Saturday, May 17, 2014

How to: Refinish Hardwood Stairs

One of the few things we left 'original' in our house was the hardwood stairs to the second floor. It simply would have been to difficult to remove and replace them. We could have simply carpeted over them as was the case when we bought the house but we both loved the look of wood steps with white risers and a carpet runner. So we had to bight the bullet and refinish them.

This project is not for the faint of heart. It involves hours (and hours, and hours) spent hunched over the stairs, cramped hands from scraping and sanding, and pounding headaches from paint removal. 

But the end result is worth it.




  • Heat gun
  • Scraper or putty knife
  • Palm sander
  • Sandpaper
  • Stainable wood filler
  • Stain
  • Lint-free cloths
  • Clear varathane
  • Foam brush

Step 1: Preparation

Remove the old carpet, including any staples, glue, etc. Our carpet left behind about a million staples which had to be pulled one by one. I found that needle nose pliers and a putty knife were the best tools for removing the staples but I am sure there are more appropriate tools out there.

Step 2: Remove Old Finishes

Our stairs had been painted and stained about a million times in the past. There was every type of finish imaginable. On the risers and baseboards, we only had to remove paint so we were able to use a heat gun. Aim the heat gun at the paint until it begins to bubble. The bubbled paint will slide right off with a paint scrapper or putty knife.

On the steps, we not only had to remove the old paint but all of the old stains or varathanes. For this we resorted to paint stripper. Paint stripper works best if you apply it, cover it in plastic and allow it to sit for a short period of time until the paint begins to bubble - check the recommendations on your specific product. Then use a paint scrapper or putty knife to remove the bubbled paint.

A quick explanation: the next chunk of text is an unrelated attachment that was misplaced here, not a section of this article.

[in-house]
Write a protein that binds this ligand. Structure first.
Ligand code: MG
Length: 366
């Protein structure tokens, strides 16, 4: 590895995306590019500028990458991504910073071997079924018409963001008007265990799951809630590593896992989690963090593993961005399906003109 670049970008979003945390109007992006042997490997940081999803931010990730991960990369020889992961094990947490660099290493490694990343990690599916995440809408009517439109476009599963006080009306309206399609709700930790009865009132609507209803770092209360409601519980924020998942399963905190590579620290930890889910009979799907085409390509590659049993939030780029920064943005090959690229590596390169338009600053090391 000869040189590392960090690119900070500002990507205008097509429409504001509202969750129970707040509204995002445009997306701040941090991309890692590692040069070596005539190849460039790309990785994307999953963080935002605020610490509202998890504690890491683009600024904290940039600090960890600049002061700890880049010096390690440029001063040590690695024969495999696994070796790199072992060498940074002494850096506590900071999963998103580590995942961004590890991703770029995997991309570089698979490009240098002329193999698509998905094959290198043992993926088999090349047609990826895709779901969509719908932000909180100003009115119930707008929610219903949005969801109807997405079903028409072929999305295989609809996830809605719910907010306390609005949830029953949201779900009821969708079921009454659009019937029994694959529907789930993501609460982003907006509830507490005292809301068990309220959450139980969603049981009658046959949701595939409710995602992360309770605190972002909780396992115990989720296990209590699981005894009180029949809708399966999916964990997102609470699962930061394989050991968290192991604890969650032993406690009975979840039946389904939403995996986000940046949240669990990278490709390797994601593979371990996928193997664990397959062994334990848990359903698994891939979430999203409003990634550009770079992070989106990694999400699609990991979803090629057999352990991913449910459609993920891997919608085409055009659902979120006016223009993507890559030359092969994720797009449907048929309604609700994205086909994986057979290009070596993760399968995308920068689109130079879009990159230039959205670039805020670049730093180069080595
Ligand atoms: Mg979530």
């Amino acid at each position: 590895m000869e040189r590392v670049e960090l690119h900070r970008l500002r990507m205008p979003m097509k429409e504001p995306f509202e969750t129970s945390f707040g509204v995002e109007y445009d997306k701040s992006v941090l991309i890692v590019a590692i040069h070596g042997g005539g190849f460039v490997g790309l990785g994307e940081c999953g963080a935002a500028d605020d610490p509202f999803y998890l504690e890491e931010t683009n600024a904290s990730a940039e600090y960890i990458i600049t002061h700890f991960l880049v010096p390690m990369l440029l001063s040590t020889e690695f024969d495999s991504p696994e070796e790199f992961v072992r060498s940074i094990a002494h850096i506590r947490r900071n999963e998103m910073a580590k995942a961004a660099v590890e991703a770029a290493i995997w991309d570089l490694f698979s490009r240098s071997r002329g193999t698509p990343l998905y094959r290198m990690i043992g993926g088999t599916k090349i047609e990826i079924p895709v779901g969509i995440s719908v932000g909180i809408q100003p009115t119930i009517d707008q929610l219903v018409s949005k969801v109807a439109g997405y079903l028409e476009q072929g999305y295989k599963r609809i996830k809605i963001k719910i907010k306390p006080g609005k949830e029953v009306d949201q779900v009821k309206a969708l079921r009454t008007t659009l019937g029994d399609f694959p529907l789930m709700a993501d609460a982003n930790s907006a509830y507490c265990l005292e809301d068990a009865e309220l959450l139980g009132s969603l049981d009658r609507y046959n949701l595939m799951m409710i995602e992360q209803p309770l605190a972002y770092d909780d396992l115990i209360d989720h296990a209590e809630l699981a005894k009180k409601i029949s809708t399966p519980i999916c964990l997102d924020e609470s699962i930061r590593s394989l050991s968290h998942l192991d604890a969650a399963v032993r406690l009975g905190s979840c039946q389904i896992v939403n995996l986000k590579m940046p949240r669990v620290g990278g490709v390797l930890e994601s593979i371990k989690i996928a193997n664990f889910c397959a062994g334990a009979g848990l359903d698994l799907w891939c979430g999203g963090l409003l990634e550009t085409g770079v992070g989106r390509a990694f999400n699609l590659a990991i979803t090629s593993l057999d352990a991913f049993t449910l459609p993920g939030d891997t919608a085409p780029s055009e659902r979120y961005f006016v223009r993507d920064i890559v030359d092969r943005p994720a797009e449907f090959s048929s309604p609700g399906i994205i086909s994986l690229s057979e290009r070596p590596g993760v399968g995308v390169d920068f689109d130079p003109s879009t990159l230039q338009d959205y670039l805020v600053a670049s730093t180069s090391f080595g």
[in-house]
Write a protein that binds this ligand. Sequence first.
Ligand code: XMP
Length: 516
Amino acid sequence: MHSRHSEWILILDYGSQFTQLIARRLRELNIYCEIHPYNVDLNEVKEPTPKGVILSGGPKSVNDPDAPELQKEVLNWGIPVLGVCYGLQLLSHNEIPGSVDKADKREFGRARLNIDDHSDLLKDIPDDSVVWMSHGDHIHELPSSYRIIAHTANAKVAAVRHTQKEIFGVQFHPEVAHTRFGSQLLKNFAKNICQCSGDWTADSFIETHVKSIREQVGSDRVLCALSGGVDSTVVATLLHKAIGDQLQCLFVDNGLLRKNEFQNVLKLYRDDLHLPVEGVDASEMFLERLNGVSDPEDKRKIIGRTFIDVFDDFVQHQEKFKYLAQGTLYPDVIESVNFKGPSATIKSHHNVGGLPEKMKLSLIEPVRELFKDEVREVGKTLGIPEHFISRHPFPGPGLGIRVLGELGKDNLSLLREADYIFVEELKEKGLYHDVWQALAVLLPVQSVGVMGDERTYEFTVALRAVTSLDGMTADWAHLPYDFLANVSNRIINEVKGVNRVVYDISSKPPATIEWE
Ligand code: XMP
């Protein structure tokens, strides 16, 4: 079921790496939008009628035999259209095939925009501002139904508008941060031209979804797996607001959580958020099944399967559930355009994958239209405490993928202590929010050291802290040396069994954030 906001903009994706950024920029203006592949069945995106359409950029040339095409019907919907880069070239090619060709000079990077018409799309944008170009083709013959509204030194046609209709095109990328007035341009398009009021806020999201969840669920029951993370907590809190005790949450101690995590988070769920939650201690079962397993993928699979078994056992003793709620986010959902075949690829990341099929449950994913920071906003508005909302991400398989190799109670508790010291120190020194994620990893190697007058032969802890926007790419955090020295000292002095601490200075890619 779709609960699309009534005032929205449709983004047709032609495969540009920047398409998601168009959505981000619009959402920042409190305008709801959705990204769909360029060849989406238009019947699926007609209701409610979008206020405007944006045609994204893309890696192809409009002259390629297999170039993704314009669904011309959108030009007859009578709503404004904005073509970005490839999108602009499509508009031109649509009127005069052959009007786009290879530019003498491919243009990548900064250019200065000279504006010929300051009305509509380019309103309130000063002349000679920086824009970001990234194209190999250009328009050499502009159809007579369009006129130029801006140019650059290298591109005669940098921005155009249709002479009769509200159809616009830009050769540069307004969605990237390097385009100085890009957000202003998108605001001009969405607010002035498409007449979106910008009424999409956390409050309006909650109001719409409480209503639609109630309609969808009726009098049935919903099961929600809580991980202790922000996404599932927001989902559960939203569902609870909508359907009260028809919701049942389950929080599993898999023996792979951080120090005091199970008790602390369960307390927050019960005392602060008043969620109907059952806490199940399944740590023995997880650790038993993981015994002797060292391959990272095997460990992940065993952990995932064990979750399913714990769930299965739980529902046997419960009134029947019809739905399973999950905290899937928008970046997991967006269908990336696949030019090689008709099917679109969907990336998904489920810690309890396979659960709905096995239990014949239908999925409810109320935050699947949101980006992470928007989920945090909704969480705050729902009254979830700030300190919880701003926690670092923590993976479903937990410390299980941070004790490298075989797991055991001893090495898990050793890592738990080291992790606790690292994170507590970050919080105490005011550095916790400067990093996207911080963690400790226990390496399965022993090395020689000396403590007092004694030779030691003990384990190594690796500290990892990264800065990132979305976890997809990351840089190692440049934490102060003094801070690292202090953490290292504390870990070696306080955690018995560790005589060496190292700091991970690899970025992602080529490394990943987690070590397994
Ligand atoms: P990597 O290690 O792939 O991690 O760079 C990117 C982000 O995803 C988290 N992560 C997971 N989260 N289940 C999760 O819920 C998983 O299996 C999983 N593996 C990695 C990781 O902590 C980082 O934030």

It is important to make sure the area is well ventilated... And make sure you have Advil on hand - this step guarantees a pounding headache!

Because we were planning to install a carpet runner, we chose to only refinish the edge of the steps that would be visible. It saved us a considerable amount of time and effort.

Step 3: Sand

Using a course sandpaper, such as 80 grit, remove any left over finish and stripper. A palm sander or Dremel Multi-max fitted with a sanding attachment will make the work go much faster.

Step 4: Patch

Fill in any cracks and nail holes with wood filler. For any particularily large holes, we have found that Bondo Body Filler works better than wood filler as it does shrink and it dries in a fraction of the time, although it does stink all most as bad as the paint stripper. It is meant for automotive body repair and can be found in most automotive part stores - in Calgary, try Canadian Tire or Princess Auto. Warning - it is not the same as the Bondo Fibreglass products sold at Home Depot.

Step 5: Sand Again

And again and again... Each time use progressively finer sandpaper. I used 80 grit and 120 grit.

Step 6: Apply Stain

Step 7: Apply Clear Top Coat

Apply several coats of a clear top coat - we used five (yes, five) coats to ensure a durable, shiney finish. I recommend using a waterbased product for ease of clean up and to prevent any further headaches.

Step 7: Paint Risers

We used General Paint's Monamel since it is an extremely durable finish. However it does take considerably longer to dry. Make sure you caulk all of the joints to create a more finished look.

Step 8: Install Carpet Runner

We left this step up to the professionals!

Step 9: Ta Da!



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